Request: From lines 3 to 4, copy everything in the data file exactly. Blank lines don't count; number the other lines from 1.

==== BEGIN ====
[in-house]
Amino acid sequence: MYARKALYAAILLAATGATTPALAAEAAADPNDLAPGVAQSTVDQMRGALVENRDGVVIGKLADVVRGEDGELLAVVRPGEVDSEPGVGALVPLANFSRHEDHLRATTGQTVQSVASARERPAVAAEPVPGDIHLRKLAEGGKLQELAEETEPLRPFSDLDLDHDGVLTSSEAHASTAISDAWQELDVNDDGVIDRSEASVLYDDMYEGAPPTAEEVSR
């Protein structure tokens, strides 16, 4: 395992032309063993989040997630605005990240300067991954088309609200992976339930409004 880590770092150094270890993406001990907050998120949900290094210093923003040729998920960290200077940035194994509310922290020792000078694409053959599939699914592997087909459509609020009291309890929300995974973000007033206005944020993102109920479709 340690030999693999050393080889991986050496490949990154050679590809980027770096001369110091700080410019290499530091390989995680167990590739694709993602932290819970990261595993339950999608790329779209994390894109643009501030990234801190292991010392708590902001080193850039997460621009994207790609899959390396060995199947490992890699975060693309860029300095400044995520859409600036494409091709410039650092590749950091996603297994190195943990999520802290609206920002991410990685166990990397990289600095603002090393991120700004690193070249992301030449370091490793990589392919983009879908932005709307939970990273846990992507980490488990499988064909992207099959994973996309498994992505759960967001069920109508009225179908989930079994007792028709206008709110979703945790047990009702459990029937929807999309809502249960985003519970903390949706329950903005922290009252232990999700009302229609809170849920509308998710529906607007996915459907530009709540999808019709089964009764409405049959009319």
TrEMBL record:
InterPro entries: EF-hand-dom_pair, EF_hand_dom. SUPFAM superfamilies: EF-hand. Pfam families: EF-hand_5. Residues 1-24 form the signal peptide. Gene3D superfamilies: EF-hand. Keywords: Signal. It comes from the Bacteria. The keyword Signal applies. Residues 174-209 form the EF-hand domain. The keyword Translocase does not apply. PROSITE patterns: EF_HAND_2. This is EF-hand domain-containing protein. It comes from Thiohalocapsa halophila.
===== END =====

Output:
């Protein structure tokens, strides 16, 4: 395992032309063993989040997630605005990240300067991954088309609200992976339930409004 880590770092150094270890993406001990907050998120949900290094210093923003040729998920960290200077940035194994509310922290020792000078694409053959599939699914592997087909459509609020009291309890929300995974973000007033206005944020993102109920479709 340690030999693999050393080889991986050496490949990154050679590809980027770096001369110091700080410019290499530091390989995680167990590739694709993602932290819970990261595993339950999608790329779209994390894109643009501030990234801190292991010392708590902001080193850039997460621009994207790609899959390396060995199947490992890699975060693309860029300095400044995520859409600036494409091709410039650092590749950091996603297994190195943990999520802290609206920002991410990685166990990397990289600095603002090393991120700004690193070249992301030449370091490793990589392919983009879908932005709307939970990273846990992507980490488990499988064909992207099959994973996309498994992505759960967001069920109508009225179908989930079994007792028709206008709110979703945790047990009702459990029937929807999309809502249960985003519970903390949706329950903005922290009252232990999700009302229609809170849920509308998710529906607007996915459907530009709540999808019709089964009764409405049959009319």
TrEMBL record: